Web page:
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Trust & Estates

Estate planning

Take control of your future, today

Estate planning may seem like a topic for your parents and grandparents. But taking care of this planning activity now allows you to control what happens to your current assets and assets you acquire in the future. Your estate plan documents should be reviewed every three to five years or whenever there is a significant change in your family or financial situation, or when tax laws change.

Here are some things to consider:

  • What is your intent for your wealth?
  • Who would you like to receive your assets at your death?
  • Who should be in charge of settling your financial affairs? This role requires time as well as expertise in legal and tax matters.
  • Who should take care of your minor children if you cannot?
  • If you become incapacitated, who should make financial, medical and legal decisions for you?
  • If you are a business owner, who will handle the business if you become incapacitated or die prematurely?

Start with your will

Your will is a legal document that outlines your wishes for your assets. Your attorney can help you create a will that communicates your wishes.

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What happens if a person dies without a will?

You’re right.

Without a will, assets are distributed according to the laws of the state where you have legal residence. Each state differs as to how spouses, children or other family members benefit by default if you don't have a will. Your assets could go into a process called "probate," which may be costly and could take months or even years to resolve.

Good try, but not quite.

Without a will, assets are distributed according to the laws of the state where you have legal residence. Each state differs as to how spouses, children or other family members benefit by default if you don't have a will. Your assets could go into a process called "probate," which may be costly and could take months or even years to resolve.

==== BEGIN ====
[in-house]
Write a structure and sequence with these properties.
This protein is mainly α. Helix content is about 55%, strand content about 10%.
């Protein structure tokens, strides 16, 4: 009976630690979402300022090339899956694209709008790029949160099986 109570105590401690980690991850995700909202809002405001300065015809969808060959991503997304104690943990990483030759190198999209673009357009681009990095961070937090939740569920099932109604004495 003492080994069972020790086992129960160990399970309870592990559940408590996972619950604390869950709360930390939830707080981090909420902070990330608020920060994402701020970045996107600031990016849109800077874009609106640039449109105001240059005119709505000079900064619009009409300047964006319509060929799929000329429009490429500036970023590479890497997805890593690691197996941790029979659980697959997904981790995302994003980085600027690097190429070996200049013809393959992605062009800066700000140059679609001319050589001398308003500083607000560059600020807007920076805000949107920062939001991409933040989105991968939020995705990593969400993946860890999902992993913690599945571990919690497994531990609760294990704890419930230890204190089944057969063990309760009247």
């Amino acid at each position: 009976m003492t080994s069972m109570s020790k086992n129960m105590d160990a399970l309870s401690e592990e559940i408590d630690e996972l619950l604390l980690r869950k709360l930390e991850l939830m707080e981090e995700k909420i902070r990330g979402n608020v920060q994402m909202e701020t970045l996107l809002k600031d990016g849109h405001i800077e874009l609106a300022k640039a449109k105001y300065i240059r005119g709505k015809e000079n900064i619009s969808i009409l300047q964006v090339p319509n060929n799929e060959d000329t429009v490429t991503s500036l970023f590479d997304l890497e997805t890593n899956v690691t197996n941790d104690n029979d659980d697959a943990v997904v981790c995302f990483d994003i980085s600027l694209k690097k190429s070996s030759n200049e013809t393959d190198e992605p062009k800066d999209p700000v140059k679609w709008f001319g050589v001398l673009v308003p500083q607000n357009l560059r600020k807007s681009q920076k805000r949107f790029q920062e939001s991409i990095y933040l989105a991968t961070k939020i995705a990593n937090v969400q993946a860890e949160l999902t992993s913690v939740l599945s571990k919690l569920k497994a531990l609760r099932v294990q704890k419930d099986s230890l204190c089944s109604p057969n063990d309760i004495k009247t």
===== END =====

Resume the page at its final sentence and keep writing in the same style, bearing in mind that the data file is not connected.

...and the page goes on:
The people involved

Use your will to determine who will play these important roles:

  • Beneficiaries receive your assets
  • Guardians raise your minor children
  • Executors handle all of the day-to-day administration of settling your estate
  • Charities receive your philanthropic donations
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Other important documents

Your will is not the only document that can control transfer of your assets.

  • Titled Assets: If you own property as joint tenants with rights of survivorship, those assets will automatically go to the other owner on the title.
  • Prenuptial Agreement: This document may describe what the surviving spouse may receive at your death. This should be coordinated with your estate plan to avoid conflict.
  • Beneficiary Designations: Your life insurance proceeds and retirement plans transfer based upon your beneficiary designations, not your will or any other documents. Keep these current as your job or family situation changes.
  • Trust Document: Legal document that controls the disposition of the assets held in the trust, not your will or other documents.

What if you become incapacitated?

No one likes to think about a debilitating accident, injury or illness. But it’s important to be prepared. As you discuss your intentions for your estate, there are several additional documents that your attorney can prepare for you.

  • Durable Powers of Attorney authorize your designated agent to handle your financial matters
  • Health Care Powers of Attorney designate someone to make medical decisions for you
  • Directives to Physicians (living wills) express your wishes concerning end-of-life decisions
  • Designations of Guardian explain who should be your physical guardian if needed

 

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Tax Strategies

As you accumulate wealth, you should begin to think about ways to minimize estate taxes. Currently, you can transfer up to $11.58 million to anyone at your death without triggering a federal estate tax of 40%. This is considered your lifetime exemption. However, you can also give up to $15,000 per year to as many people as you wish without it counting toward that lifetime exemption. Note that state laws may have exemptions of different amounts.

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You need a will or a living trust —there's no reason to have both.

You’re right.

A will is only effective after your death; a living trust can be put into action during your life. The primary benefit of a living trust may be that it can be used by your named trustee to handle your financial matters if you become disabled. If you use a living trust, it becomes the primary document for the disposition of your estate, but you'll still need a will. Its primary purpose will be to transfer any assets not already in your living trust to the trust at your death for disposition.

Actually, it’s false.

A will is only effective after your death; a living trust can be put into action during your life. The primary benefit of a living trust may be that it can be used by your named trustee to handle your financial matters if you become disabled. If you use a living trust, it becomes the primary document for the disposition of your estate, but you'll still need a will. Its primary purpose will be to transfer any assets not already in your living trust to the trust at your death for disposition.

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